DUBAI: Two suspected Al-Qaeda militants blew themselves up early Saturday after being surrounded inside a government building in southern Saudi Arabia, following an attack on a border post with Yemen, Saudi-owned Al-Arabia television reported.
The satellite channel, in a report on its website, quoted unnamed sources as saying the militants blew themselves up in the Sharurah area near the Wadia border post with Yemen.
The militants had put up "stiff resistance" to security forces surrounding them, firing automatic weapons and hurling grenades at security forces. There were no reports of casualties among Saudi security forces.
Saudi security forces had been searching buildings for militants who had fled after the attack, in which six people, including one suicide bomber and two security personnel, were killed.
Saudi Arabia, the world's biggest oil exporter, has long viewed its 1,800 km (1,100 mile) border with impoverished, conflict-ridden Yemen as a major security challenge and has been building a fence to deter militants and criminals.
Gunmen Friday killed the commander of a border patrol on the Saudi side of the Wadia border post, where three of the attackers also died in an ensuing firefight, Saudi state news agency SPA said.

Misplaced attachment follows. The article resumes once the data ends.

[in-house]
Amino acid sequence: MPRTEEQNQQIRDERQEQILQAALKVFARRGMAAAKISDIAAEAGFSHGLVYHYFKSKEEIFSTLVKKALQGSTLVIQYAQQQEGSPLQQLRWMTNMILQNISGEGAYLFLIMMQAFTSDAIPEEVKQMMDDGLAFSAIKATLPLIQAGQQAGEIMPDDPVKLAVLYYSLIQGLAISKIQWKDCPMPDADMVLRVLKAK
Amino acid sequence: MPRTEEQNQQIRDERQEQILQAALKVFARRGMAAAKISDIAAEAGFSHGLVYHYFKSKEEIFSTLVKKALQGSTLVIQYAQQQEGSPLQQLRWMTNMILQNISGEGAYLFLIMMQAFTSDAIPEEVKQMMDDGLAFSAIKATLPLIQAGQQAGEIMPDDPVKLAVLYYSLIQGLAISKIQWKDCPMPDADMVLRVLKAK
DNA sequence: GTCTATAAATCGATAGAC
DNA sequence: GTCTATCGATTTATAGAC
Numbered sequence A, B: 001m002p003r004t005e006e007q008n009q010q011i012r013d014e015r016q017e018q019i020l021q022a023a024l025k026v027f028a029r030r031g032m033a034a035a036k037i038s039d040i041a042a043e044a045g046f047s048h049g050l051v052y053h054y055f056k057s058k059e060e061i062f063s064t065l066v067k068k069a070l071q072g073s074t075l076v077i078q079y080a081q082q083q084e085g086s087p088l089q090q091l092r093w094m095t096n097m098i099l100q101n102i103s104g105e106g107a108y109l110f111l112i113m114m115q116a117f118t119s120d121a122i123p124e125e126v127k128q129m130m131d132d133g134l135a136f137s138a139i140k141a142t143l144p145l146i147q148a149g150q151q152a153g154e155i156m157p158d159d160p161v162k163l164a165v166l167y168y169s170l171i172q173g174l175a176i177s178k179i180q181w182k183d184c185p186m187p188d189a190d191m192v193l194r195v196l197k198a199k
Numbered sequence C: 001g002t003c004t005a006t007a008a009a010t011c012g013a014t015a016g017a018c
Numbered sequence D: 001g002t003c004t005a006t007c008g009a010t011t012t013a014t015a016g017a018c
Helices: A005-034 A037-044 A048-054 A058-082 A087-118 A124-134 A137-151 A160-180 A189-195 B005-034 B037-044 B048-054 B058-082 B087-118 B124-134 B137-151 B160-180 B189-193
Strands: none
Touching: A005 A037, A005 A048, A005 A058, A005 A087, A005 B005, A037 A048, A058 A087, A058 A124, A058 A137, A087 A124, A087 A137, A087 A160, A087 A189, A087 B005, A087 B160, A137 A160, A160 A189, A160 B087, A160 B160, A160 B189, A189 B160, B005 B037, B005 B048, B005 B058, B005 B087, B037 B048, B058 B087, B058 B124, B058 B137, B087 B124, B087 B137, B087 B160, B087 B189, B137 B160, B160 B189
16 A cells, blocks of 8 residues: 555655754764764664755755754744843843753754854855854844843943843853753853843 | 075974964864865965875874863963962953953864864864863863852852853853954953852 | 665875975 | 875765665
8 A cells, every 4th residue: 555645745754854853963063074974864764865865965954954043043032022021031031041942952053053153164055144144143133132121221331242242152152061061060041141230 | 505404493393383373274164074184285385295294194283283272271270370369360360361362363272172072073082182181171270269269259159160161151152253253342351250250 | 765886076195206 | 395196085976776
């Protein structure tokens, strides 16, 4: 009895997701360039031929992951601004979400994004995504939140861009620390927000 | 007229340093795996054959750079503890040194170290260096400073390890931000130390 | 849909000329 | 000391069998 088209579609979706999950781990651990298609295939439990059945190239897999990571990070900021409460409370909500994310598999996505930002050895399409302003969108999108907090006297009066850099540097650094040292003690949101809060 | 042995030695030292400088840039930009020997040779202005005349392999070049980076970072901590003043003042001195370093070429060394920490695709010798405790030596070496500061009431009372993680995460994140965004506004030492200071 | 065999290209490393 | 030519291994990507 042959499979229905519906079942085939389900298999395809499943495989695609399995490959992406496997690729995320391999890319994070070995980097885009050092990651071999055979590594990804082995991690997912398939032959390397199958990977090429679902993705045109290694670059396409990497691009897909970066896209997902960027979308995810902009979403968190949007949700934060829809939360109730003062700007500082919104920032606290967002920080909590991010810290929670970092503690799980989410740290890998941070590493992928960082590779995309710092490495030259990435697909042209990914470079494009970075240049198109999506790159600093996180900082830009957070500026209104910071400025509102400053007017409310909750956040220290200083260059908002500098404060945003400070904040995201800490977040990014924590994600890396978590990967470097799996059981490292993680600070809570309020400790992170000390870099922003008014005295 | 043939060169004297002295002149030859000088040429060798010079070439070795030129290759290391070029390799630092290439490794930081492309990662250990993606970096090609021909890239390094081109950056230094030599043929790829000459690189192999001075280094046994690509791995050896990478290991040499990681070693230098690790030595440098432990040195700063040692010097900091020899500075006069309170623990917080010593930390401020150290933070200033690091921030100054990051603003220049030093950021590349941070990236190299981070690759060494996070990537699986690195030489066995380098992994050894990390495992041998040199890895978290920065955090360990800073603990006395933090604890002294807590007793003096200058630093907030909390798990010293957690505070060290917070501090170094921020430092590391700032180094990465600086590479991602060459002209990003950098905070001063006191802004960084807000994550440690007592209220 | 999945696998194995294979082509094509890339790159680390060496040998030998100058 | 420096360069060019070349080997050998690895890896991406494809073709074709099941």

The agency said security forces had arrested one of the gunmen and were searching for one or two others believed to be hiding in the area.
Yemen's state agency Saba earlier reported that a suicide bomber drove a car laden with explosives into the Yemeni side of the Wadia border crossing, killing himself and one soldier and wounding another.
After the attack, Yemeni security forces chased militants who fled from the scene in two cars into the desert, Saba said, citing a military source.
But a Yemeni official, apparently referring to the same incident, earlier told Reuters the gunmen had escaped into Saudi Arabia after attacking the Yemeni border post.
The official said the attackers were Al-Qaeda militants.
The Wadia crossing links Saudi Arabia with Yemen's southeastern Hadramout province, which stretches through arid valleys and empty desert - a landscape that Al-Qaeda militants use to their advantage across the Middle East.
Saudi Arabia's construction of the security fence along its border with Yemen has often been interrupted by protesting tribesmen who say it prevents them accessing pastures for their livestock.
The kingdom overcame its own Al-Qaeda insurgency almost a decade ago, but said in May it had detained 62 suspected Al-Qaeda militants with links to radicals in Syria and Yemen who it said it believed were plotting attacks on government and foreign targets in the kingdom.